On Canadian Law and Public Policy, Chenier (1996) explains that organ transplantation is governed by the Uniform Human Tissue Donation Act which was promulgated in 1989. This law was developed by the Conference of Commissioners on Uniformity of Legislation in Canada. The provinces have equivalent Acts to regulate procurement and use.

In 1992, the Law Reform Commission of Canada issued a working paper on the procurement and transfer of human tissues and organs.  The focus was on questions about legal reforms that might alleviate perceived tissue scarcity and on whether selling body parts or substances was an acceptable means of increasing the supply.

At the data collection level, the Canadian Organ Replacement Register, a joint project of the federal and provincial governments, provides statistics that allow comparisons among provinces and facilitate decision-making in health care. (Copleston, 1995)

Defining Public Policy on Organ Transplantation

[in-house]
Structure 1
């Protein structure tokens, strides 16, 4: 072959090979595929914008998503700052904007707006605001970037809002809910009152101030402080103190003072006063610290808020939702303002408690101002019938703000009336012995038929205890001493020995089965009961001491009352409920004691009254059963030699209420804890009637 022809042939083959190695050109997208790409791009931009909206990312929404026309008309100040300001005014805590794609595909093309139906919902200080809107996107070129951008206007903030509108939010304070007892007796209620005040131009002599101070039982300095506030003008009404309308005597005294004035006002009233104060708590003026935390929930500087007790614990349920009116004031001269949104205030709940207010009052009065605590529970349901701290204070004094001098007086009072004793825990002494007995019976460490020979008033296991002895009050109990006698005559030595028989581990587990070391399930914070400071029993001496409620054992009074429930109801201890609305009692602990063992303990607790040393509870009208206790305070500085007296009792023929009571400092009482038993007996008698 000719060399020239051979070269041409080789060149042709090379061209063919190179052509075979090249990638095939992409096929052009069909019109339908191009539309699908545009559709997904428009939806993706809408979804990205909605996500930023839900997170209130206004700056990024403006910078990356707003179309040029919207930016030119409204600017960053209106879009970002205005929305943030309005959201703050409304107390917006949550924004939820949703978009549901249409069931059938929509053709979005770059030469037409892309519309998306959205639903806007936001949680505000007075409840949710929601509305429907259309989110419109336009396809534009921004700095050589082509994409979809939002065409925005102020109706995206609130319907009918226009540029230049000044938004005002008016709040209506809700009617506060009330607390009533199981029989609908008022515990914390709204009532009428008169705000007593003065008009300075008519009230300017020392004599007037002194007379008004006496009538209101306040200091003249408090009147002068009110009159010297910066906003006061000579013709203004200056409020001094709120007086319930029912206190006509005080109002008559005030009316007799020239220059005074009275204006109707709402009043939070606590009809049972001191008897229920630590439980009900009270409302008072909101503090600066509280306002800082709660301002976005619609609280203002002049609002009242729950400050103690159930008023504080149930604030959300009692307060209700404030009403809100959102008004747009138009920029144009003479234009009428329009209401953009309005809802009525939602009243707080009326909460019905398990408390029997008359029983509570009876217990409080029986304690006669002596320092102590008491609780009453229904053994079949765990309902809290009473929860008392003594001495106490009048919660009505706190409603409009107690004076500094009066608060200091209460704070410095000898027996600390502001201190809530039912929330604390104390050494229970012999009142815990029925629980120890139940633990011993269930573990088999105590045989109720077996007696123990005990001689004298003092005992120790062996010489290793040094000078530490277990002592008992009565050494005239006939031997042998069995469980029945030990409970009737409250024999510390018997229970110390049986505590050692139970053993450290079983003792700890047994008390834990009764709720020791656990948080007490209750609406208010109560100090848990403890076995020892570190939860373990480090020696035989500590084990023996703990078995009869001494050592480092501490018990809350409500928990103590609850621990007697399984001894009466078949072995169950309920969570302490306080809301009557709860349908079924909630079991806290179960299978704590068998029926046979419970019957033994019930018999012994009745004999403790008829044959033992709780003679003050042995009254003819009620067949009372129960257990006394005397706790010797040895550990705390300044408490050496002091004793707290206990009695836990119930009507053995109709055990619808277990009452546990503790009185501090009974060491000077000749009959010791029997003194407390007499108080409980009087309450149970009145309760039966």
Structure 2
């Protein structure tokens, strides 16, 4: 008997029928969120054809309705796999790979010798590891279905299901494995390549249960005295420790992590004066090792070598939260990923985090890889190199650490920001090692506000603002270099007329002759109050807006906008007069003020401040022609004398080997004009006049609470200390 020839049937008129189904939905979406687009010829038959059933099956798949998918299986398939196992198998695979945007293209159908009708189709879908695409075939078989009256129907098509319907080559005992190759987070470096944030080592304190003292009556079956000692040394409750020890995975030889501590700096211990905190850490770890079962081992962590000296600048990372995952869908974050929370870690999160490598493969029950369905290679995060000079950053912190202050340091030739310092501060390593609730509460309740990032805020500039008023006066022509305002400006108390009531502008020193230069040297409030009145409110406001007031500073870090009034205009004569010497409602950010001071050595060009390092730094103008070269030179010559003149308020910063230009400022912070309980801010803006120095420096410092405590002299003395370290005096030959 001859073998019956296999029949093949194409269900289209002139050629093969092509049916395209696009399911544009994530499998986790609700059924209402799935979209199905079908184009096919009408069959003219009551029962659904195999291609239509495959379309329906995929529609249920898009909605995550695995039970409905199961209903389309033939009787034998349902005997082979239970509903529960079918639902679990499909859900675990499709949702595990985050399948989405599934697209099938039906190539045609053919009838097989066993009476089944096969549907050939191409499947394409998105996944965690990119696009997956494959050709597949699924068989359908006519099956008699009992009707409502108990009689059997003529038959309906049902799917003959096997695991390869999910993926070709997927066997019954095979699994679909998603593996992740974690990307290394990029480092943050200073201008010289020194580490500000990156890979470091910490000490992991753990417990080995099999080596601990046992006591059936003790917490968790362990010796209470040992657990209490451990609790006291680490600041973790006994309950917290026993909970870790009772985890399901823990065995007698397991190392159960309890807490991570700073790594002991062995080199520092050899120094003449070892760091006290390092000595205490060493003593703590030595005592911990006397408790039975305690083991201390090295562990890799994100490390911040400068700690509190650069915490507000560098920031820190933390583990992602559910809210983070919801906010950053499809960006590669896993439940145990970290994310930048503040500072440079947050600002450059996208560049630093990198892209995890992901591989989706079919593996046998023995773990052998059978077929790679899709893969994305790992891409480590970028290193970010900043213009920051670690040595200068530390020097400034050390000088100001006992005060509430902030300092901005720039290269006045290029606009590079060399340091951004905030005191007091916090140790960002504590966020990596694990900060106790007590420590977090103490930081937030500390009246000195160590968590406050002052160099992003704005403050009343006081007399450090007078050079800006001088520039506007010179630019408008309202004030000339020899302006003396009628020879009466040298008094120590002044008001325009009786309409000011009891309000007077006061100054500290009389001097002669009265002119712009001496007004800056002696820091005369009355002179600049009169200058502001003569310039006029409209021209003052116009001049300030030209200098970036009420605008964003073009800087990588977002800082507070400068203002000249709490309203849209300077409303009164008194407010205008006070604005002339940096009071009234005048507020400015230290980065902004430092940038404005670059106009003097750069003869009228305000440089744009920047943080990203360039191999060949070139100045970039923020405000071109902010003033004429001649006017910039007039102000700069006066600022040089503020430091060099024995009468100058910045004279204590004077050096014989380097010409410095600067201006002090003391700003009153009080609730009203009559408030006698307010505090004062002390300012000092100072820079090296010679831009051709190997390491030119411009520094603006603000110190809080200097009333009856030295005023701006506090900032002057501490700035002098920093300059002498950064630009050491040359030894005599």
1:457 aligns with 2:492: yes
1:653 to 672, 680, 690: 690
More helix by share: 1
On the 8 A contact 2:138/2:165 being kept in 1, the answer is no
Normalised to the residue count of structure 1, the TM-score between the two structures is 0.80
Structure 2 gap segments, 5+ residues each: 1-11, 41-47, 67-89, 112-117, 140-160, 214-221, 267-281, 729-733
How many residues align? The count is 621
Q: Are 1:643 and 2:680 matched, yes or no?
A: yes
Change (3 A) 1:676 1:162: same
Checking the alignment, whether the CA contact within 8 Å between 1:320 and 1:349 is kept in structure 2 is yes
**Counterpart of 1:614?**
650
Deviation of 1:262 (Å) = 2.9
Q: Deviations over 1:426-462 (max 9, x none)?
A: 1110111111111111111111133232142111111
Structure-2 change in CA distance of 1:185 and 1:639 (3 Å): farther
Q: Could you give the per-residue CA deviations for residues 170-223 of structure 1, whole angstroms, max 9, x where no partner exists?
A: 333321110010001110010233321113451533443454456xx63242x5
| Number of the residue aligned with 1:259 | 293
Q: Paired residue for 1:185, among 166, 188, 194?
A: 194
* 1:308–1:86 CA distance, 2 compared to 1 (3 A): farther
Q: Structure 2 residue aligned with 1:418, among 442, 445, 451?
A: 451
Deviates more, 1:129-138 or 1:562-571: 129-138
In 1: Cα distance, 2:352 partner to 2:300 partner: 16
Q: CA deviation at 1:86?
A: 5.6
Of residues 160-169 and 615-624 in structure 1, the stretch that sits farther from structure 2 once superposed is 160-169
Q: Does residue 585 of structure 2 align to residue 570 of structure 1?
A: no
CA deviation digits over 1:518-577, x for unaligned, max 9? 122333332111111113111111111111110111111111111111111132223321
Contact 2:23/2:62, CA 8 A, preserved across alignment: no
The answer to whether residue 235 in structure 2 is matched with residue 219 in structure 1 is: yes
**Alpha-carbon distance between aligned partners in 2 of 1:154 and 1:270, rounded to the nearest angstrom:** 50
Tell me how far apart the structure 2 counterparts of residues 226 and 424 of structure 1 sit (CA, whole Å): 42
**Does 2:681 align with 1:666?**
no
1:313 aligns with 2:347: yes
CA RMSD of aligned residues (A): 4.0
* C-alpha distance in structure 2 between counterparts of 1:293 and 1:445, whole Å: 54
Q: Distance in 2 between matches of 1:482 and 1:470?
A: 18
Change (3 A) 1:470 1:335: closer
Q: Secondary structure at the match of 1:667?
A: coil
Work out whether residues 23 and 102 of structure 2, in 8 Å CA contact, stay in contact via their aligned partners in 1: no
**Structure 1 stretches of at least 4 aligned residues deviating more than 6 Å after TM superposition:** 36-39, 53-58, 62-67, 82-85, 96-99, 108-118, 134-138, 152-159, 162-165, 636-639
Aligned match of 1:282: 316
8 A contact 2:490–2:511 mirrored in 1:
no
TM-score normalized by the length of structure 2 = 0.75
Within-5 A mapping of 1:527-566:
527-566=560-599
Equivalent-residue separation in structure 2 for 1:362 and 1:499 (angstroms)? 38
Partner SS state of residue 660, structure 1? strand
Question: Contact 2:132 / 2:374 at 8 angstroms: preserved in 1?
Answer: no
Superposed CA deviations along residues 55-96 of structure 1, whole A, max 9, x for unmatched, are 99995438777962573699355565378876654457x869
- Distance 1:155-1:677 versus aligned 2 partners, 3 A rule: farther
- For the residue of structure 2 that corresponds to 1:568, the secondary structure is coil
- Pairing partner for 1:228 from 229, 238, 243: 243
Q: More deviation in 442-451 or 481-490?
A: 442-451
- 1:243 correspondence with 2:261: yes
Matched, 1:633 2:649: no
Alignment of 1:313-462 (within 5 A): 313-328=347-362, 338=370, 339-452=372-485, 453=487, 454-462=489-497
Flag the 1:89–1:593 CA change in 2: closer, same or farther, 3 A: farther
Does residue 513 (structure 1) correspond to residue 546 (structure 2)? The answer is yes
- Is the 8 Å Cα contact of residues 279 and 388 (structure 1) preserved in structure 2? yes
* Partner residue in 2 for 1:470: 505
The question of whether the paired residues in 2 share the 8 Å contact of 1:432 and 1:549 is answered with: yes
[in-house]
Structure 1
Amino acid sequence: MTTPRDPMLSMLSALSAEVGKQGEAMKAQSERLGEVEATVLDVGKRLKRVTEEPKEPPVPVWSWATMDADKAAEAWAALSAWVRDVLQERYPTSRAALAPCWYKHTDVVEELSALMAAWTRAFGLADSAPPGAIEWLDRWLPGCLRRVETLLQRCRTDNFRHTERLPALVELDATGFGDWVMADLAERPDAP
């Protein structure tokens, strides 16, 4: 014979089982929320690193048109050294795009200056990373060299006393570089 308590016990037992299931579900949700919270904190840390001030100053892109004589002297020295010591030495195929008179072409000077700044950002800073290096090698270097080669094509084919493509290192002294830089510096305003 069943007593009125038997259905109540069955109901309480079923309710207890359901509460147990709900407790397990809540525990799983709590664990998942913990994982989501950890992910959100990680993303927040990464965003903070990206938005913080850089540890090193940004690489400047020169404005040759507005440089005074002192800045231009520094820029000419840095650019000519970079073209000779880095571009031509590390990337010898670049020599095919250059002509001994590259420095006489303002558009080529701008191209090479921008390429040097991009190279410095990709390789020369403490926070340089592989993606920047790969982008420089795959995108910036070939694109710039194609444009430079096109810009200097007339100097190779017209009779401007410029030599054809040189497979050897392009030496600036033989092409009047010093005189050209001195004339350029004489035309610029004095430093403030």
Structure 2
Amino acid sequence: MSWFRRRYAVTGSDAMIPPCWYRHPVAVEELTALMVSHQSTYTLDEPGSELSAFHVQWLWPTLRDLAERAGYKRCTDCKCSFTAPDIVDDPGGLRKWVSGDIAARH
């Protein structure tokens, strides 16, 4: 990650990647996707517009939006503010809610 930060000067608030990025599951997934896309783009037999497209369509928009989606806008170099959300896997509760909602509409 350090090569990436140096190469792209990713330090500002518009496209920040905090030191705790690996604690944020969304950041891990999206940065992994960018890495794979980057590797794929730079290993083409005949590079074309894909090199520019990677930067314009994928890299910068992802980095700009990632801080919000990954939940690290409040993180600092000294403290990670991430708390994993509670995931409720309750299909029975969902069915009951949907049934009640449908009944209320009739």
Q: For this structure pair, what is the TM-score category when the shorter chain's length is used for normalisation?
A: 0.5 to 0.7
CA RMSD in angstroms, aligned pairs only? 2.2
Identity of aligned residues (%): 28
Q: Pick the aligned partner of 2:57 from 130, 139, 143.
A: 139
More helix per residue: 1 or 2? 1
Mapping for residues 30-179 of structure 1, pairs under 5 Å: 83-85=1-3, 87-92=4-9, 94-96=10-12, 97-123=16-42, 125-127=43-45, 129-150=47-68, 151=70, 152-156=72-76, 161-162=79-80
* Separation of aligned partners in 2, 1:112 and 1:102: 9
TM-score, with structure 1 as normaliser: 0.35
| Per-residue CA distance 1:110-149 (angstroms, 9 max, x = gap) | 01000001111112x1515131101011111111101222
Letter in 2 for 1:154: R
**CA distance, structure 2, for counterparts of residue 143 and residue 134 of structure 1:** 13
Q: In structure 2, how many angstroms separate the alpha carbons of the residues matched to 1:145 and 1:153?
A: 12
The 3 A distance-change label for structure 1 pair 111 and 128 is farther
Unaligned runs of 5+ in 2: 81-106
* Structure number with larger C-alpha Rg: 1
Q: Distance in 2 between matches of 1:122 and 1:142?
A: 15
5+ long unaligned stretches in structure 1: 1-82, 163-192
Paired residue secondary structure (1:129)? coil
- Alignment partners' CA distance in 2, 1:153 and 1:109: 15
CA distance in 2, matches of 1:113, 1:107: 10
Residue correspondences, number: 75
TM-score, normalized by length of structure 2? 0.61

Treatment of organ transplantation in terms of promulgating laws and public policies by various provinces in Canada seems to relatively conform to each other. There are instances however where application of a particular law or public policy promulgated by the Government of Canada on the matter would  suffer defeat  in the process of its execution by a certain province.

Chenier (1996) demonstrated this particular instance when she wrote the following in her article:

In Canada, organ transplantation is fully funded by provincial health insurance plans. In June 1995, controversy erupted in Alberta when it was learned that Alberta Health had paid about $500,000 for a baby to have a heart transplant in the United States although a pediatric transplant service existed in Edmonton.